Last week we installed a soil moisture sensor that is connected to a battery powered by a solar panel to be able to send a cell signal for information to be seen online at any time.  The actual sensors are not too expensive but adding the convenience of the internet adds quite a bit of cost.  But man is it nice to be able to pull up the information on my phone and monitor conditions!  We would not have the units in every field but several spread out in different locations and crops would be so nice.  There are different technologies of sensors.  The ones we have at this site are Watermark.  I will be installing several this week that will need manual monitoring and charting.  These should help give us an idea of the proper irrigation timing but we won’t be able to check it from our phones.  This is what you do when you don’t have the money in the budget!!

To install you use a slide hammer to make a hole for the sensor to go down into the soil.  We installed 4; 1 each at 6″, 12″, 18″ and 30″ deep in the soil directly in the row of corn plants being careful not to disturb any plants or any more soil than necessary.

Slide hammer at work

After the hole is made to the correct depth for that sensor, then the pipe with the sensor installed onto the bottom is inserted into the hole.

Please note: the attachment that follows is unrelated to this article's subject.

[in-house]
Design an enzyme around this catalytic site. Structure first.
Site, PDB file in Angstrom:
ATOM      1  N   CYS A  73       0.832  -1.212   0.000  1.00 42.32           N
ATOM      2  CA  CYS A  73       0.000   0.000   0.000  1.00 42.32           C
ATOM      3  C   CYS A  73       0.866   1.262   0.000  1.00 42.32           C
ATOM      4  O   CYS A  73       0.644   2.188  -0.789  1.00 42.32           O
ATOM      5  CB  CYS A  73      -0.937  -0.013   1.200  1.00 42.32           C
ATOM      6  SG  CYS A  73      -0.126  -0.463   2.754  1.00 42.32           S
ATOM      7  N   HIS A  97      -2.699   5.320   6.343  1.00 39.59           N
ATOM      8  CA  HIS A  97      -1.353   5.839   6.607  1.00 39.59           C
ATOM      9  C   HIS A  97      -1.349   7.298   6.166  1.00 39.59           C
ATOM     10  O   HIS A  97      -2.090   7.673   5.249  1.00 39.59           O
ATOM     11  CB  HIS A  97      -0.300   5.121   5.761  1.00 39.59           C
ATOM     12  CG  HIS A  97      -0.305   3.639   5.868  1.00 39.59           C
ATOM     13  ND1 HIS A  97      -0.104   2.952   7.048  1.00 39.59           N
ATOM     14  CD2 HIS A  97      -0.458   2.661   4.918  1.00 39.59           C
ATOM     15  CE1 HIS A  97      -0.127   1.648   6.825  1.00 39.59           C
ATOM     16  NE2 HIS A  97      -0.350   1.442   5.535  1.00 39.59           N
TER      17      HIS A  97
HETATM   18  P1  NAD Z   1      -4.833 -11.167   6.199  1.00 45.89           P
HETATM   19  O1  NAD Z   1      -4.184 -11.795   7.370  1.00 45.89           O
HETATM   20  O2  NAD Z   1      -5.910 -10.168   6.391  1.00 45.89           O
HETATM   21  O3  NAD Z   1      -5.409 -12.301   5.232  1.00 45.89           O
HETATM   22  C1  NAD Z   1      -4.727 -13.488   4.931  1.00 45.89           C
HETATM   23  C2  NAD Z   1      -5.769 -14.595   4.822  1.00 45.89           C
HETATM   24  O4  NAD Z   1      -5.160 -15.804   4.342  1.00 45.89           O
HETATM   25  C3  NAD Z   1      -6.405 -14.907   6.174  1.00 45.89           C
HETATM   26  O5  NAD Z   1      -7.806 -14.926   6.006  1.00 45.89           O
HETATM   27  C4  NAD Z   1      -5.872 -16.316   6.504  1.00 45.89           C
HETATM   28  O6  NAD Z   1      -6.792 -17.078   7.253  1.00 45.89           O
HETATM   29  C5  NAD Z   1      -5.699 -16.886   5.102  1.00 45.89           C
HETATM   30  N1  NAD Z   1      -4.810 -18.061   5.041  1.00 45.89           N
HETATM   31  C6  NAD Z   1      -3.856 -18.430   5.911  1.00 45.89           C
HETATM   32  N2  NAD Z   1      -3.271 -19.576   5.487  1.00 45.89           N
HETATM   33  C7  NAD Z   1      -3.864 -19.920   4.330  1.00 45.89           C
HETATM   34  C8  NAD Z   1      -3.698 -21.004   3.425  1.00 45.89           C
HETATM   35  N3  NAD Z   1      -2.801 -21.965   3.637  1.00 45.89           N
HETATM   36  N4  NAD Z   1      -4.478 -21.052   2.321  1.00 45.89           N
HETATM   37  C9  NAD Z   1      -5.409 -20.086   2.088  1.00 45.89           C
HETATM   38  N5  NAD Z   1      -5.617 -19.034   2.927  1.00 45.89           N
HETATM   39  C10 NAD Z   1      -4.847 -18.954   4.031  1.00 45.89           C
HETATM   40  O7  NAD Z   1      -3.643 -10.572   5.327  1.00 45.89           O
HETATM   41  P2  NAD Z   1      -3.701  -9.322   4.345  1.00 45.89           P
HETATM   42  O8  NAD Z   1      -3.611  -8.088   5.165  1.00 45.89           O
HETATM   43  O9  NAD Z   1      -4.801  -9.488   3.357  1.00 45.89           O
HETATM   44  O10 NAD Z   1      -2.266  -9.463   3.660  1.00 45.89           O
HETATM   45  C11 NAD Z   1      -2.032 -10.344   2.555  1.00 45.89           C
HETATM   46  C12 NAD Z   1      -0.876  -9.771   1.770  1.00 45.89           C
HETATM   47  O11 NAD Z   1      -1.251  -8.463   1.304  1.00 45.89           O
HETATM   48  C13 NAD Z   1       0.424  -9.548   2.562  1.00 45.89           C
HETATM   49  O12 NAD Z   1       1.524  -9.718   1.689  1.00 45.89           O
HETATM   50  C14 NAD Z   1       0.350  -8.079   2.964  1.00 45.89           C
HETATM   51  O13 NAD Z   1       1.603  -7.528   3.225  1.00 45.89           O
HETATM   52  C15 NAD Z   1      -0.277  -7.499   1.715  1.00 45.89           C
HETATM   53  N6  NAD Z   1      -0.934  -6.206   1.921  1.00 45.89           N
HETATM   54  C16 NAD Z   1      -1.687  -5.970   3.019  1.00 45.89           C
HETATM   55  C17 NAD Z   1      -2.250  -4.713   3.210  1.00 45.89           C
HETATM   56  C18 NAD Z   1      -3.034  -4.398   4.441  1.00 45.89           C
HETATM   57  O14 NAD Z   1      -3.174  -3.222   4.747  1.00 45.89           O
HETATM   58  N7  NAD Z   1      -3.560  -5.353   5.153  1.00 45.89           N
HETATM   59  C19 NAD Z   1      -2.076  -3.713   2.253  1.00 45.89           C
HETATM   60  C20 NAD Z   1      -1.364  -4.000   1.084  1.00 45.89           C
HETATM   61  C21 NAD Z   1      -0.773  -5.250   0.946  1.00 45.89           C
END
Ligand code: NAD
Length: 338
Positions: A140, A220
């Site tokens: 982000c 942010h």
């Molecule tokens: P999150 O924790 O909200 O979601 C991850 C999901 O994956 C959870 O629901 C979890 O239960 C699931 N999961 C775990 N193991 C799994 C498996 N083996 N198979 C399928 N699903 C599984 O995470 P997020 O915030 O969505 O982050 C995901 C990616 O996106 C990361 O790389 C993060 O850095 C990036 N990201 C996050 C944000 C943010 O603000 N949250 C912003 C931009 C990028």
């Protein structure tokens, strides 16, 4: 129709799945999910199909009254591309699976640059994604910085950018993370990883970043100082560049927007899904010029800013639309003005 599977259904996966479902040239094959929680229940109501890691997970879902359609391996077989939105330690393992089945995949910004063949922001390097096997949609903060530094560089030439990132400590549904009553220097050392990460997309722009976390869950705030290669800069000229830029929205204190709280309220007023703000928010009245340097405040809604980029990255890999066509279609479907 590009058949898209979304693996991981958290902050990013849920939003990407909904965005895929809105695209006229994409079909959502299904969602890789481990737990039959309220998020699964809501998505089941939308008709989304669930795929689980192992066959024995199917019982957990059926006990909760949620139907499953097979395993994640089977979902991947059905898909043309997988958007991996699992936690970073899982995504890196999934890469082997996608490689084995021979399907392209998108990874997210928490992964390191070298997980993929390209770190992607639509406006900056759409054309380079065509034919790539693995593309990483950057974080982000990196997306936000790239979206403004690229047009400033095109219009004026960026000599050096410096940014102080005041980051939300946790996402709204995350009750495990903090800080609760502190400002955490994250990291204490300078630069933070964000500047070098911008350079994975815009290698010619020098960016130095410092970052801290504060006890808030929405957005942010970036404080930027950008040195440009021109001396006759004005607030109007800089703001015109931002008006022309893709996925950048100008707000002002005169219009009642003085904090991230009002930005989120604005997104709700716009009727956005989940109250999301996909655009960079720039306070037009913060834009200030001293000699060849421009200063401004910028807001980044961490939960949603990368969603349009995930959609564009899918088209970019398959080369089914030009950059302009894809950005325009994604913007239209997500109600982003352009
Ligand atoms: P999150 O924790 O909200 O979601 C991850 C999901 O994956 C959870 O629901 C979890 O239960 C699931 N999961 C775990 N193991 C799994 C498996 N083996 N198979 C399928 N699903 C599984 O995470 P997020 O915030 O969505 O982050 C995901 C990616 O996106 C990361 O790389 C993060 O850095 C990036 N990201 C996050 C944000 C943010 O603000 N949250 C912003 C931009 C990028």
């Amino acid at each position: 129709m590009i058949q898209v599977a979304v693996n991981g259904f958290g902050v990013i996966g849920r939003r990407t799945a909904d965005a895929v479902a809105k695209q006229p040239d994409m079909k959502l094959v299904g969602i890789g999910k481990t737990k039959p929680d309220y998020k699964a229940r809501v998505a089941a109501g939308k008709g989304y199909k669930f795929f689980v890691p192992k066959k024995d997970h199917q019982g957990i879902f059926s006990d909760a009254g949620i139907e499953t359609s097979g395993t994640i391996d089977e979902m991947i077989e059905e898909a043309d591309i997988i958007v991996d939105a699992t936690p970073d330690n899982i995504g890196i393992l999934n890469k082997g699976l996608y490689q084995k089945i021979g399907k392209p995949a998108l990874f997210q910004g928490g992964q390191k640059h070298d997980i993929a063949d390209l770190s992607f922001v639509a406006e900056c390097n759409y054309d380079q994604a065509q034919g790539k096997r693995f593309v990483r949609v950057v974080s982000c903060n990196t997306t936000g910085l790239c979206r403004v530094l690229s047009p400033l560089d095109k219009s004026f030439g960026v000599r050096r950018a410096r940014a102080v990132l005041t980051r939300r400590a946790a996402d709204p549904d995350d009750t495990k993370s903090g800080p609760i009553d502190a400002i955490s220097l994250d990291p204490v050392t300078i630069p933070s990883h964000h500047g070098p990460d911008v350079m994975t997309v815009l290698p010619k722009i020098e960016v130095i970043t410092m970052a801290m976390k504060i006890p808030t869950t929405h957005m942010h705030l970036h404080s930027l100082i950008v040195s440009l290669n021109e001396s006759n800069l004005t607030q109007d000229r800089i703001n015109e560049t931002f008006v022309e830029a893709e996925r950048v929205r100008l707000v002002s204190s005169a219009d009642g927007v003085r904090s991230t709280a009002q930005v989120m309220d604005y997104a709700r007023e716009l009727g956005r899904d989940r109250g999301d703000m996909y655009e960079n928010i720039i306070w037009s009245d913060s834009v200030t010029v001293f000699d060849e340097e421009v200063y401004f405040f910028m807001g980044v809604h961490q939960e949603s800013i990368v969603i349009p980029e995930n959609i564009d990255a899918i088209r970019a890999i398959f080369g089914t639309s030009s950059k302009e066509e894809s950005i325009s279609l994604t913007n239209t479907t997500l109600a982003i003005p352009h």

Installing sensor

The red gasket or ring you see around the PVC pipe is placed at the depth we want to insert the pipe as a guide.  It remains in place to help seal the soil so rain and irrigation water does not just seep to the sensor and cause incorrect readings.

Wiring sensors

Each sensor is wired to the monitor to read and be able to send information over the cellular data system.  Below you can see 3 of the 4 sensors installed in the row.

Soil moisture sensors in the row.

The graph below shows each sensor on a bar graph.  You can see the 6″ depth sensor was approaching our “need to irrigate” red line and then it rained last night.  The graph for the 6″ sensor goes back down so we have a few days until this field will need irrigation.  You can see just how fast the soil was drying out before the rain.  Isn’t this just the coolest thing?  I do get excited about weird stuff for a girl!! Hopefully the weather will allow just enough time for our next nitrogen application and then we will irrigate.

Soil Moisture Graph


Thanks to Mike Hamilton (left) and Matthew Davis (right) for all their patience and instruction.  I am sure I will be asking tons of questions as we go throughout the season.  Please leave your questions in the comments and I can have them answer because I am certainly not the expert when it comes to the sensors!

Mike Hamilton and Matthew Davis